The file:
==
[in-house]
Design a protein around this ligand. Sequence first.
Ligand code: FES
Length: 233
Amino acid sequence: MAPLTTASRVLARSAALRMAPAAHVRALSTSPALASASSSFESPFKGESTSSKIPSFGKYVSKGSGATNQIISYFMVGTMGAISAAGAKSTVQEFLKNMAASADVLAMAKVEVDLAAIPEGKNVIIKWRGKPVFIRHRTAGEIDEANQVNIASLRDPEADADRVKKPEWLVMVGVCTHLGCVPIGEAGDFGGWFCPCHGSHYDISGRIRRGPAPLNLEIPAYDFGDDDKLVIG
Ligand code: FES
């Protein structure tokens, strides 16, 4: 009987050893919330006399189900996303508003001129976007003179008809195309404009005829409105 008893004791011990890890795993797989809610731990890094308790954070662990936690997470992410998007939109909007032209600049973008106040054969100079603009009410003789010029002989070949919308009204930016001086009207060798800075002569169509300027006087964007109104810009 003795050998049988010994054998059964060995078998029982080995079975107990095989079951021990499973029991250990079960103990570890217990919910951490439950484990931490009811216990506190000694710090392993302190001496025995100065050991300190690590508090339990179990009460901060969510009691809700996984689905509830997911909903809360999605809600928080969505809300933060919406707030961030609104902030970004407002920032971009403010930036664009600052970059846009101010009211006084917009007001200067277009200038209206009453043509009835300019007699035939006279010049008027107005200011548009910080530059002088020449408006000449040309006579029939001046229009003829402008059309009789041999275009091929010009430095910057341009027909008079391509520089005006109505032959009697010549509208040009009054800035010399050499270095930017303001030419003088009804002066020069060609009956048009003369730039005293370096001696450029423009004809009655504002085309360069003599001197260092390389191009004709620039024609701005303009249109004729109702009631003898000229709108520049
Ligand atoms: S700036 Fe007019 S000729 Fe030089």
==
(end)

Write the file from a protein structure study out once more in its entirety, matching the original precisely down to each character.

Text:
[in-house]
Design a protein around this ligand. Sequence first.
Ligand code: FES
Length: 233
Amino acid sequence: MAPLTTASRVLARSAALRMAPAAHVRALSTSPALASASSSFESPFKGESTSSKIPSFGKYVSKGSGATNQIISYFMVGTMGAISAAGAKSTVQEFLKNMAASADVLAMAKVEVDLAAIPEGKNVIIKWRGKPVFIRHRTAGEIDEANQVNIASLRDPEADADRVKKPEWLVMVGVCTHLGCVPIGEAGDFGGWFCPCHGSHYDISGRIRRGPAPLNLEIPAYDFGDDDKLVIG
Ligand code: FES
């Protein structure tokens, strides 16, 4: 009987050893919330006399189900996303508003001129976007003179008809195309404009005829409105 008893004791011990890890795993797989809610731990890094308790954070662990936690997470992410998007939109909007032209600049973008106040054969100079603009009410003789010029002989070949919308009204930016001086009207060798800075002569169509300027006087964007109104810009 003795050998049988010994054998059964060995078998029982080995079975107990095989079951021990499973029991250990079960103990570890217990919910951490439950484990931490009811216990506190000694710090392993302190001496025995100065050991300190690590508090339990179990009460901060969510009691809700996984689905509830997911909903809360999605809600928080969505809300933060919406707030961030609104902030970004407002920032971009403010930036664009600052970059846009101010009211006084917009007001200067277009200038209206009453043509009835300019007699035939006279010049008027107005200011548009910080530059002088020449408006000449040309006579029939001046229009003829402008059309009789041999275009091929010009430095910057341009027909008079391509520089005006109505032959009697010549509208040009009054800035010399050499270095930017303001030419003088009804002066020069060609009956048009003369730039005293370096001696450029423009004809009655504002085309360069003599001197260092390389191009004709620039024609701005303009249109004729109702009631003898000229709108520049
Ligand atoms: S700036 Fe007019 S000729 Fe030089």